The WHERE of loving my community.
Here, Jesus gives a direction for the gospel. He says that it starts in Jerusalem, through Judea, Samaria, and to the world. This predicts the path of the Gospel in the book of Acts. It predicts the path of every church. We think of the church reaching a local geographical orientation. Our Jerusalem is Washburn, Judea is Barry County, Samaria is cross-cultural missions and the world is world missions.
Yet, this can be applied philosophically for different generations. For example, most churches operate in modernity. These churches see Jerusalem as people of their generation (mostly “Bridgers” and “Boomers”.) Judea represents “Generation X” and Samaria is the “Millennial” generation. If this is the case, then most churches will still operate in modernity. They will be unable to cross-over to postmodernity where most of Generation X and the Millennials live.4
However, this also shows the personal direction for every Christian.
Jerusalem represents people where I live, Judea are the people where I work, Samaria are the people I may not like, and the ends of the Earth are people who I don’t yet know.5
Every Christian has a personal Jerusalem. Every Christian has a personal Judea. Every Christian has a personal Samaria. Every Christian has a personal world.
Where is your personal people group?
I have given you a table to fill out on your handout. This table is meant for you to determine your circle of concern. I want you to fill out this section with lost people you know. The way you show your love for the community is to build relationships with those around you. Spend time with them. Show God’s love to them. When possible, share what Jesus has done for you.
When Jesus ascended to heaven after his mission on earth, the angels asked him: “Did you accomplish your task?”
“Yes, all is finished,” the Lord replied.
“We have a second question,” said the angels. “Has the whole world heard of you?”
“No,” said Jesus.
The angels next asked, “Then what is your plan?”
Jesus said, “I have left twelve men and some other followers to carry the message to the whole world.”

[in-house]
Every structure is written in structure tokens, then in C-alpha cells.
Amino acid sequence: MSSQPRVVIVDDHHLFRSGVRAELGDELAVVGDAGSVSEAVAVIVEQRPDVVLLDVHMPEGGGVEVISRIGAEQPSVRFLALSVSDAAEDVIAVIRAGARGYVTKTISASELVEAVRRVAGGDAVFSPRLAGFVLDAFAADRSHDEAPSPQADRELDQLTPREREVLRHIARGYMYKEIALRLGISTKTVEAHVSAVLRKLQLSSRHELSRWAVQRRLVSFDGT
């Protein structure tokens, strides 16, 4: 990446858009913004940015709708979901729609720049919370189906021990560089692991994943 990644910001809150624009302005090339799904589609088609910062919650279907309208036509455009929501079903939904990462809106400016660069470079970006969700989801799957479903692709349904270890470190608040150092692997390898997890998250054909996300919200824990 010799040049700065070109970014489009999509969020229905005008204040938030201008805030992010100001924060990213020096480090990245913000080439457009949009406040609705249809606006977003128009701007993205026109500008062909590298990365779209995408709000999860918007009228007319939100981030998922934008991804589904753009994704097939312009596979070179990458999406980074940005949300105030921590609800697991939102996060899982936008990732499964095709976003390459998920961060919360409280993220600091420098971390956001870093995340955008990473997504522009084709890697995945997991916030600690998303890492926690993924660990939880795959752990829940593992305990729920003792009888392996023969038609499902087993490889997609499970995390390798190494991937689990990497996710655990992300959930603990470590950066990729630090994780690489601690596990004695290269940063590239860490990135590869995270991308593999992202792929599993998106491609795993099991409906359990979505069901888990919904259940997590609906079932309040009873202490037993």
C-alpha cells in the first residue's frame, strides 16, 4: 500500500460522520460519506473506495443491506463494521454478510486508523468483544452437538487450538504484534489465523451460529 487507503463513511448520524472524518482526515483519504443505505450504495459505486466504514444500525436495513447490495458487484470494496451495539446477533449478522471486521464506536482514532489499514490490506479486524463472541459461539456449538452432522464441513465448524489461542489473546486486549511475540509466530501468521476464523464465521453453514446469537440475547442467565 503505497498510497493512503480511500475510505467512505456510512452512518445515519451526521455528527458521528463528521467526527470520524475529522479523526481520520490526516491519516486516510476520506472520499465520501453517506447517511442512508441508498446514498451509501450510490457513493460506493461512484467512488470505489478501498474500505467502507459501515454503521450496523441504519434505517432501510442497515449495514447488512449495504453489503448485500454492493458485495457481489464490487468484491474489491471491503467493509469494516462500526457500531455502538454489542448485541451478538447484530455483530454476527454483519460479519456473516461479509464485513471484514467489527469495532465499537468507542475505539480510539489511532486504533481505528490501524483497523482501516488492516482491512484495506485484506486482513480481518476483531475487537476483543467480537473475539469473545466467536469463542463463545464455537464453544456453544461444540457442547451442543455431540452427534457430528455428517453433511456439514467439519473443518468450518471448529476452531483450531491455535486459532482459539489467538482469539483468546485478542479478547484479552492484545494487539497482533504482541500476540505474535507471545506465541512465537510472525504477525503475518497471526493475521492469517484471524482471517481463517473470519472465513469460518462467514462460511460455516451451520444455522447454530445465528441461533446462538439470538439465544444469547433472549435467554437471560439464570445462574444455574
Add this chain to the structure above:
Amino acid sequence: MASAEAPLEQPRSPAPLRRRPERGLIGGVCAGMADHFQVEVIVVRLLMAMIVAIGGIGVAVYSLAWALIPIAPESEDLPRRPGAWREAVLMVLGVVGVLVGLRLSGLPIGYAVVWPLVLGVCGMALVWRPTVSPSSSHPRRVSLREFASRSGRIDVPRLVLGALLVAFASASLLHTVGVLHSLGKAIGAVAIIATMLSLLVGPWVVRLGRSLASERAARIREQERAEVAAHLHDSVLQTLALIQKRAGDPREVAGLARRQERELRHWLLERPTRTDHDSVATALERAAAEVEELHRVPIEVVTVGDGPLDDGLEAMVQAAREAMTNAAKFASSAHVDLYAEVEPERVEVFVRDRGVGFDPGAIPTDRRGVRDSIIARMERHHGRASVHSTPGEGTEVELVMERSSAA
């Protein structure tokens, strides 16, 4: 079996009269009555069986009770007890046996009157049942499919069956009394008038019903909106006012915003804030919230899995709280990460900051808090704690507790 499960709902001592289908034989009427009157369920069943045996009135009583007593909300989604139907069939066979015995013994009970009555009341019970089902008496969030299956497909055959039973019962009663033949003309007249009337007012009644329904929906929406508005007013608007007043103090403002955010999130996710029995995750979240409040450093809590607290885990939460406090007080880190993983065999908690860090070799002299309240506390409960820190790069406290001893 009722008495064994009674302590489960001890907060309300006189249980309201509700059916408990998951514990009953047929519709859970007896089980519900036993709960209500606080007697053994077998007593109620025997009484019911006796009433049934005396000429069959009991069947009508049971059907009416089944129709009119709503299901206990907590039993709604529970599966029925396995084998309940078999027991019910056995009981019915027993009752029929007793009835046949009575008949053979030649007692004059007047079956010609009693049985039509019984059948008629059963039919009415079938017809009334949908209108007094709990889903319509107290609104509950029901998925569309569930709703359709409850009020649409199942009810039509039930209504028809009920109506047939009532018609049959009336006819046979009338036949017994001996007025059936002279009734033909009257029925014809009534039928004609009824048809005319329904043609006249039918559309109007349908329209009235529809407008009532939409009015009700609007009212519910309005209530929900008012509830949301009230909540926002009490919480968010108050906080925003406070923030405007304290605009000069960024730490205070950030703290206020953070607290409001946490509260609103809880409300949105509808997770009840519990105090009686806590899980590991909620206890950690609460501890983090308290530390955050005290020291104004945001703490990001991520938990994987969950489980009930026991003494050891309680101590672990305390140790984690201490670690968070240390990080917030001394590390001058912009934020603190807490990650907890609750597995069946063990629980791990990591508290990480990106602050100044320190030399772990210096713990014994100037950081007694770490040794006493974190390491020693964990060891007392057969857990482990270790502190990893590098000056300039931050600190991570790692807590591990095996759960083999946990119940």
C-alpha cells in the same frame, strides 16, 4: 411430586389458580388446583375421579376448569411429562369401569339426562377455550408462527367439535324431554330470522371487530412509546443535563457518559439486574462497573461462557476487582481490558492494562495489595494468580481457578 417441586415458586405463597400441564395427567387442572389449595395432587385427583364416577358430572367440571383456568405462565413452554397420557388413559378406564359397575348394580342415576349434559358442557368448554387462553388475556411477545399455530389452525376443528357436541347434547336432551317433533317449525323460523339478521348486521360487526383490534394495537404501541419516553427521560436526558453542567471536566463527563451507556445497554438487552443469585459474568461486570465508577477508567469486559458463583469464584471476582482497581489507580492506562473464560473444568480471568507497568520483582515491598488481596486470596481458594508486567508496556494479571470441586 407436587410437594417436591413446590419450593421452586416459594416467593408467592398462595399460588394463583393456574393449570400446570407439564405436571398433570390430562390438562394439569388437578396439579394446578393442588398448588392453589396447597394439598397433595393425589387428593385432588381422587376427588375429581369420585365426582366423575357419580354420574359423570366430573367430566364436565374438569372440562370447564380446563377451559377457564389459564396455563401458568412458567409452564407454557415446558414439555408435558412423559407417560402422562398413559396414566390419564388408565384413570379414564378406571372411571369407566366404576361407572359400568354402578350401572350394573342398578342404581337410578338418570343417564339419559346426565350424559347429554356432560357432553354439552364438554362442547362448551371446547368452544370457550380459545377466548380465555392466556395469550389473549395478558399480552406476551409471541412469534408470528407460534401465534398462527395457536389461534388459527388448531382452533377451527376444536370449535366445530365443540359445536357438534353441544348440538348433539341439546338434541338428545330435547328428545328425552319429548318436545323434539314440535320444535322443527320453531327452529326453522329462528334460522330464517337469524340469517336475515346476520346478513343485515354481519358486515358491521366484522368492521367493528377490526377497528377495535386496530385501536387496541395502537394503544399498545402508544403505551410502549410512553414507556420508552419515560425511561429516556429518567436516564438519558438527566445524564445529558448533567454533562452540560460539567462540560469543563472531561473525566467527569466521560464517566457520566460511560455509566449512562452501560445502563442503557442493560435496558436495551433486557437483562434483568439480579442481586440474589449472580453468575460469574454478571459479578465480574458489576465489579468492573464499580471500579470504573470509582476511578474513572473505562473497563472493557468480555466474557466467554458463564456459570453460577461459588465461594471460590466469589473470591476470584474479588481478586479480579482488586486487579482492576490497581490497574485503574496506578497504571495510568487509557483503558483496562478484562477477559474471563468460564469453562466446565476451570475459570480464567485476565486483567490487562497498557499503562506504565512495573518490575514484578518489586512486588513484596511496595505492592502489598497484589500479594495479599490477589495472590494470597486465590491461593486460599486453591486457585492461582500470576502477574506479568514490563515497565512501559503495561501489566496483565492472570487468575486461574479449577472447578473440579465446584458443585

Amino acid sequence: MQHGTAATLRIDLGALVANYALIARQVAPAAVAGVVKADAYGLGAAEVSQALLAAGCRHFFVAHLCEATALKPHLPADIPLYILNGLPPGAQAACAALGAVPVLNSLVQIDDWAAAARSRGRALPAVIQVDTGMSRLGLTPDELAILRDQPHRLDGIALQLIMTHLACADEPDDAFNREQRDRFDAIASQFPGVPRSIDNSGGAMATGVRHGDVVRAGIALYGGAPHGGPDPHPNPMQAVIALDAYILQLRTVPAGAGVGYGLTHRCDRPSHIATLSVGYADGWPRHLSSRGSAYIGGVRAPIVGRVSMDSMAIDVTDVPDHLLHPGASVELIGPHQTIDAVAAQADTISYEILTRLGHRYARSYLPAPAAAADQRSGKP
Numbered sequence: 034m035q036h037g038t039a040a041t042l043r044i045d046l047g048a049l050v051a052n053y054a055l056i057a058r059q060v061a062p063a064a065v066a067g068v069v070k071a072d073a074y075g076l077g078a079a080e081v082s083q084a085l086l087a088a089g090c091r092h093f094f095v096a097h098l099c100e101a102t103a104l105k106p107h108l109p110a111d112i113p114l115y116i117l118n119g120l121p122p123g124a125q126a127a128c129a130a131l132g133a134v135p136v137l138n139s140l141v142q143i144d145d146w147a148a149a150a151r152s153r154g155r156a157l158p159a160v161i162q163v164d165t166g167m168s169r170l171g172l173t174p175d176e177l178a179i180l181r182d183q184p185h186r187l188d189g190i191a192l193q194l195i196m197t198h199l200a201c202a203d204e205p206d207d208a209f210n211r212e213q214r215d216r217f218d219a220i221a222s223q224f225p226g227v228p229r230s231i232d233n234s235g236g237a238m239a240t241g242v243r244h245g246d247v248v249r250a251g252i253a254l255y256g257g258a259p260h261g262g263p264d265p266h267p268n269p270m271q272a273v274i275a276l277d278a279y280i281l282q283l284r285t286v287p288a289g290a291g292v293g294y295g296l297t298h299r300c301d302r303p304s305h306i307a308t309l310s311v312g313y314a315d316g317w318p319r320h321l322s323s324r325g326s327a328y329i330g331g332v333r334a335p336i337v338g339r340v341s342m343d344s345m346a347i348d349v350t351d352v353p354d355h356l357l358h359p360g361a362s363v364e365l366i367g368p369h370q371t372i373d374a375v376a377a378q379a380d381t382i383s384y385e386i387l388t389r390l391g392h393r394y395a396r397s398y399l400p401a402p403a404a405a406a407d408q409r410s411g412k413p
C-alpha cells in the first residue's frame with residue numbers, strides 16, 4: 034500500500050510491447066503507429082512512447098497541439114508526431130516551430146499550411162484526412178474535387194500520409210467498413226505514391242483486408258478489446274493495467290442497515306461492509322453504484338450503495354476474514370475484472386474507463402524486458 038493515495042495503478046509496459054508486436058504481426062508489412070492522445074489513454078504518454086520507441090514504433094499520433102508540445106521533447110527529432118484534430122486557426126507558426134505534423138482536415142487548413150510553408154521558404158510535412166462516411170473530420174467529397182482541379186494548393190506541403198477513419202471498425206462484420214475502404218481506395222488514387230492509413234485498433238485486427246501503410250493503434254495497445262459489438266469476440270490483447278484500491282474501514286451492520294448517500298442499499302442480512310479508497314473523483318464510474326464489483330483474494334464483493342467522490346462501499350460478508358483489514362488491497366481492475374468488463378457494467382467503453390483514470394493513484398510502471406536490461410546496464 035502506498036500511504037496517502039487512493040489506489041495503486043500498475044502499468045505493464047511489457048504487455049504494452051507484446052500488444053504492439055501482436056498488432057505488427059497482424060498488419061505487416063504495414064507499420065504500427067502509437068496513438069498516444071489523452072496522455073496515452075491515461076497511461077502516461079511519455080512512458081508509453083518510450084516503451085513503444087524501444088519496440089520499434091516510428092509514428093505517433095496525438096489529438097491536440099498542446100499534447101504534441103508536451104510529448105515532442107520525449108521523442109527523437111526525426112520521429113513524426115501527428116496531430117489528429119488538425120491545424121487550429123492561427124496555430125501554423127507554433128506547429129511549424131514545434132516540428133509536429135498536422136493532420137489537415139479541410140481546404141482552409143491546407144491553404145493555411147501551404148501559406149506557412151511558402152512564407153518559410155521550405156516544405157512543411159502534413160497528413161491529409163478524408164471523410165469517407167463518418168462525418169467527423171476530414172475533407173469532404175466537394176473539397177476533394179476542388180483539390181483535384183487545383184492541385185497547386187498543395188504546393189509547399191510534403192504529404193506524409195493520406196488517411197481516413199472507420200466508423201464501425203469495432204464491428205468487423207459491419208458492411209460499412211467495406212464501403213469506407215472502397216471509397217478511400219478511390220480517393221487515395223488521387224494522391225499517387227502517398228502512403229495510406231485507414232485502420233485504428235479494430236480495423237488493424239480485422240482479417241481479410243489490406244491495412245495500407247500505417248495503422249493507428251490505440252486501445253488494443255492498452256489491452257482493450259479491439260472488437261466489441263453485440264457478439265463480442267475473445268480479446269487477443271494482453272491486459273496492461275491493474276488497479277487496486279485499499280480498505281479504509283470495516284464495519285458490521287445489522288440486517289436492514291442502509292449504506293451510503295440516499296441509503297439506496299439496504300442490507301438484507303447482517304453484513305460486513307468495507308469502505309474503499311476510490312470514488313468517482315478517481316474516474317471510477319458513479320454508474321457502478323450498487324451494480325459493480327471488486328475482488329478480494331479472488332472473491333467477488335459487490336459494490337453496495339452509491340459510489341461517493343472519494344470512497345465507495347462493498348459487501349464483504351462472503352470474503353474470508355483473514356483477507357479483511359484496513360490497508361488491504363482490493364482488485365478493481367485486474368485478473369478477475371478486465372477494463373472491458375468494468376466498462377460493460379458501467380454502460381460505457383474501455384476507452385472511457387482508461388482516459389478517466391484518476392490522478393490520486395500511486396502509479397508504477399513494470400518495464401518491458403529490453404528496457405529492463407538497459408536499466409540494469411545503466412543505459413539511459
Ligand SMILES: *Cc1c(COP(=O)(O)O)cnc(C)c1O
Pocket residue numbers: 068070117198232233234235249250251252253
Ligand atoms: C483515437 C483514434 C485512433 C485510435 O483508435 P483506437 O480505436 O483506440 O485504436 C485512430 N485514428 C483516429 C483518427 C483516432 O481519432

The angels looked at him and asked: “What is your Plan B?”
Friends, there is no Plan B. Jesus desires to reach the world through men and women like you and me.6
1 W. Oscar Thompson Jr., Concentric Circles of Concern, (Nashville, TN: Broadman Press, 1981), 22. From: Jim Erwin, “Matthew 21:1-11 My Commitment to God,” 12 April 2017, Internet, Patheos, https://www.patheos.com/blogs/jimerwin/2017/04/12/matthew-211-11-commitment-god/, accessed on 8 February 2019.
2 Ernest Hess, “Homiletical Perspective on Luke 4:14–21,” in Feasting on the Word: Preaching the Revised Common Lectionary: Year C, ed. David L. Bartlett and Barbara Brown Taylor, vol. 1 (Louisville, KY: Westminster John Knox Press, 2009), 287. Quoted from: Robert Parham, The Agenda: 8 Lessons from Luke 4: Students Guide (Nashville: Baptist Center for Ethics, 2007, accessible through www.ethicsdaily.com), 3, 4.
3 Jim Erwin, Breaking the Power of Addiction by Planting a Set Free Church in Barry County, Missouri, Chapter 2, “Biblical Rationale,” doctoral dissertation, (Midwestern Baptist Theological Seminary: Kansas City, Missouri), 2013.
4 Jim Erwin, “You Will Be My Witnesses to Your Generation,” Acts 1:8, 8 August 2013, Internet, Patheos, https://www.patheos.com/blogs/jimerwin/2013/08/08/you-will-be-my-witnesses-to-your-generation/, accessed on 8 February 2019.
5 Jim Erwin, “You Will Be My Witnesses to Your Generation,” Acts 1:8, 8 August 2013, Internet, Patheos, https://www.patheos.com/blogs/jimerwin/2013/08/08/you-will-be-my-witnesses-to-your-generation/, accessed on 8 February 2019.
6 Michael P. Green, ed., Illustrations for Biblical Preaching: Over 1500 Sermon Illustrations Arranged by Topic and Indexed Exhaustively, Revised edition of: The expositor’s illustration file. (Grand Rapids: Baker Book House, 1989).